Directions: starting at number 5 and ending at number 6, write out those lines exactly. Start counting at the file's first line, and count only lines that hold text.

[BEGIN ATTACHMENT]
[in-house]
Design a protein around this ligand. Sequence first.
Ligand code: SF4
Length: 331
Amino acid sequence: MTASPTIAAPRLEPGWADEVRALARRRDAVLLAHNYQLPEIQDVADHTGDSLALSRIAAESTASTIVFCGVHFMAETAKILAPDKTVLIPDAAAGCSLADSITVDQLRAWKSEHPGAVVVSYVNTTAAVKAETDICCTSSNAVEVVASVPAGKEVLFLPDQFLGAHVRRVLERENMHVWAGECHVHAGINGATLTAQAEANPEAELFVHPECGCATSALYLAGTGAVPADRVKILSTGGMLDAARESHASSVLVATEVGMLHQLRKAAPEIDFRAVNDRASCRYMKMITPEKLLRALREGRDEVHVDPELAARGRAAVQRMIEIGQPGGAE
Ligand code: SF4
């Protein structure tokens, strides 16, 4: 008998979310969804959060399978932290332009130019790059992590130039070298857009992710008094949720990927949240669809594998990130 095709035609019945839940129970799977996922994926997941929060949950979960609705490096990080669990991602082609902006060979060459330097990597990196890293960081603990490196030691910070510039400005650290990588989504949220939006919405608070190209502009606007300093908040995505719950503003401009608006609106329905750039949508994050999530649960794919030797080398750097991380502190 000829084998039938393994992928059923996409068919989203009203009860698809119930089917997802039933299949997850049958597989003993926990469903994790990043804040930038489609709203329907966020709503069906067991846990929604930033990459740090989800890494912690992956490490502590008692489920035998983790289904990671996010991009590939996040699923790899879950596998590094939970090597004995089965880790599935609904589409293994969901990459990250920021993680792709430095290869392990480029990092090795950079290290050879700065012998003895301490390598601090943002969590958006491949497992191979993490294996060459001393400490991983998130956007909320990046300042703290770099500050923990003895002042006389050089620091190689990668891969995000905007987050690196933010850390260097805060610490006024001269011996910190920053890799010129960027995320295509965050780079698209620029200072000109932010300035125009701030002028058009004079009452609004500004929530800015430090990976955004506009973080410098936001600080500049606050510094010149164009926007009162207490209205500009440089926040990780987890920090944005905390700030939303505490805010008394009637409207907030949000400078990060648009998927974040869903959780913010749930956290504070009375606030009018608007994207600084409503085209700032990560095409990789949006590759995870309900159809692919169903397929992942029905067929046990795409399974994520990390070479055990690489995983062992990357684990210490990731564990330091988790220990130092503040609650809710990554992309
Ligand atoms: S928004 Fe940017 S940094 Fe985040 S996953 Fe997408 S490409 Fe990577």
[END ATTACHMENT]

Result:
Amino acid sequence: MTASPTIAAPRLEPGWADEVRALARRRDAVLLAHNYQLPEIQDVADHTGDSLALSRIAAESTASTIVFCGVHFMAETAKILAPDKTVLIPDAAAGCSLADSITVDQLRAWKSEHPGAVVVSYVNTTAAVKAETDICCTSSNAVEVVASVPAGKEVLFLPDQFLGAHVRRVLERENMHVWAGECHVHAGINGATLTAQAEANPEAELFVHPECGCATSALYLAGTGAVPADRVKILSTGGMLDAARESHASSVLVATEVGMLHQLRKAAPEIDFRAVNDRASCRYMKMITPEKLLRALREGRDEVHVDPELAARGRAAVQRMIEIGQPGGAE
Ligand code: SF4